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Early Lessons of Ukraine War: Russian Military Operations Phase 1

Let’s start with a caveat firstly these are only early lessons of the war in Ukraine and hence subject for review once more evidence can be collected on the first phase of Russian offensive.

Secondly these are based on open source information, tracking of maps provided by various agencies such as the Institute for the Study of War amongst others and photographs shared on social media.

If still you are inclined to read the lessons than go ahead.

As we know by now, Phase 1 of the Russian offensive which Moscow referred to as a, “special military operation,” broadly speaking was launched on five axes or prongs – Kyiv, Sumy, Kharkiv, Donbass and the Southern maritime front.

Russia retracted from the Kyiv and Sumy axis for now and is pursuing mainly the Kharkiv, Donbas and Southern front.

The initial operations were marked by lack of adequate preparations – intelligence, operational as well as logistics.

Know your enemy and know yourself is a phrase used by many savants including Sun Tzu. Apparently, the Russians failed to do both.

Particularly in the North operations which were launched from Belarus lacked a politically compatible firm base as commitment of Minsk to support the Russian forces vacillated.

Lack of intelligence of the Ukrainian resistance was evident on the Northern Front and a perception that Ukraine will cave in just as they see Russian tank trains embarking towards the main cities and towns was misplaced.

Nor did the Russian estimation of an uprising by the Ukrainian citizens against the government accurate.

Possibly based on this assessment Russian forces were underprepared for a conventional offensive and were bogged down in clearing cities and towns.

United States Defence Intelligence Agency (DIA) Report on Russia Military Power 2017 highlights the, “basic principle of [Russian] land warfare is violent, sustained, and deep offensive action, just as it was during the Soviet era”.

“Mechanized and armored formations supported by aviation and artillery are to seize the initiative at the outset of hostilities, penetrate the enemy's defenses, and drive deeply and decisively into the enemy's rear area,” as per the DIA Report.

Clearly these tactics were not employed in February March 2022 in Ukraine.

Instead, Russian forces were bogged down and used extensive fire power – air, missile and artillery leading to large number of civilian casualties as well as destruction of buildings and infrastructure.

Fire power is an expensive option particularly high technology missiles including the hypersonic as the Kinzal, though its use may have been only for demonstrative purposes.

Fire power is also effective when used in tandem with maneouvre.

However, Russian experience in Chechnya and Syria possibly drew then to massive use of fire in urban areas.

Russia has always been a proponent of use of massed fire assaults with thousands of guns pouring TNT on a single objective ironically in battles such as Kharkov [now Kharkiv] during the Second World War.

Tank maneouvre in closed urban conurbations requires adequate mounted or foot infantry support even though “motorized rifle troops are the most abundant,” as per US DIA report.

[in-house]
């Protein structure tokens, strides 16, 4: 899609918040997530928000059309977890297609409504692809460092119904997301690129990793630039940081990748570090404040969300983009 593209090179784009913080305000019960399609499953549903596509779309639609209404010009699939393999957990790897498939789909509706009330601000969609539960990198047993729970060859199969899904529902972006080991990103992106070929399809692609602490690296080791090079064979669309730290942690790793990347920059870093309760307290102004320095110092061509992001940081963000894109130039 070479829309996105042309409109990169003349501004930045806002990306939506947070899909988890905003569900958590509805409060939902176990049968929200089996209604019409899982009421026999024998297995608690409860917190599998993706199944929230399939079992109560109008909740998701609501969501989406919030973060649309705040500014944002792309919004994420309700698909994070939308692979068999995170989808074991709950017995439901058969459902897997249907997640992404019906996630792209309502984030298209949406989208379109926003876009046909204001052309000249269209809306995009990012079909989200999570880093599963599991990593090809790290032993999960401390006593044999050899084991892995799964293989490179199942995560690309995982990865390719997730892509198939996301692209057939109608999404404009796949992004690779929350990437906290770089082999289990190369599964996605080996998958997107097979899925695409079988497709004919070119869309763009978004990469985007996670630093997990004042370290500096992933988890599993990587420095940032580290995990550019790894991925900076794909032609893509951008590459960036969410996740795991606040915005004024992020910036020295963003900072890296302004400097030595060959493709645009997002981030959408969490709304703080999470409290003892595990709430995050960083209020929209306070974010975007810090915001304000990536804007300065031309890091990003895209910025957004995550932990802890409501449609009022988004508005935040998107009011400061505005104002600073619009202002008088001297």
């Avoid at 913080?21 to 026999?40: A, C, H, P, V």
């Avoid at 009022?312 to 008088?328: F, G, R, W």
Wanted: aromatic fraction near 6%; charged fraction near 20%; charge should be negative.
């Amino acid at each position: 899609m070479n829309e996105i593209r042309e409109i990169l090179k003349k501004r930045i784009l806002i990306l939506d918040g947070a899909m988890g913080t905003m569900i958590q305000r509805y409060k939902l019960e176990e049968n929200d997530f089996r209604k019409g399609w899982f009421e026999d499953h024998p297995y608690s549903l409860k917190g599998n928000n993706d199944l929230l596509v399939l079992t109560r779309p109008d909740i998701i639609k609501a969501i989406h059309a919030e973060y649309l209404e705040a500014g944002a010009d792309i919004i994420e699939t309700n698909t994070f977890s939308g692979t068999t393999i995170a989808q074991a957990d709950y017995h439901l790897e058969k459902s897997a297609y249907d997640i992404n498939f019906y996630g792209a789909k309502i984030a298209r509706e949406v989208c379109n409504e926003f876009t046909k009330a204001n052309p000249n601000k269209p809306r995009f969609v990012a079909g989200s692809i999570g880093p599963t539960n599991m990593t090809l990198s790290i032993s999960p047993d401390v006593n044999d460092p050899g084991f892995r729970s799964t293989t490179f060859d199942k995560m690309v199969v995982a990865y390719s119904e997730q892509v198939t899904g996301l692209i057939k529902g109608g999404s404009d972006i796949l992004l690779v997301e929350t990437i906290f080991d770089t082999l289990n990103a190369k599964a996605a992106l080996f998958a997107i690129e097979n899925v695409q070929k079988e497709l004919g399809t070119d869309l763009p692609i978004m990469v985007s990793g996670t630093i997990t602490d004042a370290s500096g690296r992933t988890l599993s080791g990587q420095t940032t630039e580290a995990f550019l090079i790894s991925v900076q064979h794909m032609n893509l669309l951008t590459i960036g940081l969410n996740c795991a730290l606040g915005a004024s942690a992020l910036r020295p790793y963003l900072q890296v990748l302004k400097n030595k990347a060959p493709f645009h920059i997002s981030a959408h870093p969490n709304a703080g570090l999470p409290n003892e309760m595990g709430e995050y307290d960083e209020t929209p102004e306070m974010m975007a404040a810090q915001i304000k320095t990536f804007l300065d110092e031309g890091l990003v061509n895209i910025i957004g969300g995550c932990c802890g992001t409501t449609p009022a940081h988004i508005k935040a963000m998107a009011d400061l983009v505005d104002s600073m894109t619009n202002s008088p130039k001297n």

Russian forces failed to use tank and infantry effectively at least in the Northern axis towards Kyiv and Sumy, other axes do not provide adequate evidence for now to make a judgement.

The all arms battle by combined armed armies, brigade and battalion battle groups appears to be missing.

One big factor of course is TERRAIN.

While Russian flexibility to pull back from Kyiv and Sumy due to lack of success was an effective response to failure, engagement in urban combat in cities as Mariupol in the South defies military common sense.

Bypassing rather than clearing such towns is an option that was not exercised possibly based on Russian experience in Chechnya and Syria. “Strike Deep into the Rear,” was given lip service.

Russian armed forces also do not seem to have fought a networked battle in the modern sense due to lack of communications and challenges in command and control.

Ukraine has claimed loss of several senior Russian generals two and three stars on the battlefield, if these are true then while their valour can be commended, the necessity for leading from the front implied that the battle group commanders were not effective enough.

Not only professionalism of the Russian battle groups needs to be questioned but of soldiers given the reports of civilian massacre in Bucha and other Ukrainian cities with Mariupol yet to be cleared.

Professional military soldiers commit atrocities in war due to poor leadership and discipline.

Here reports of use of conscripts by the Russian Army comes up for questioning, particularly in view of the plan of the Indian Army to go in for short term Tour of Duty for soldiers.

The conscript and contract profile adopted by the Russian Army and performance in Ukraine may be studied before the proposal is finally accepted.

Logistics is another grey area with lack of adequate preparations thus leading to reports of Russian soldiers scavenging for food and water.

Overall, the Russian offensive in phase 1 can be said to be grossly under prepared, while success achieved in the East and the South was through use of brute force.

How did the Ukraine organize defence of their country in this phase, that’s another story?

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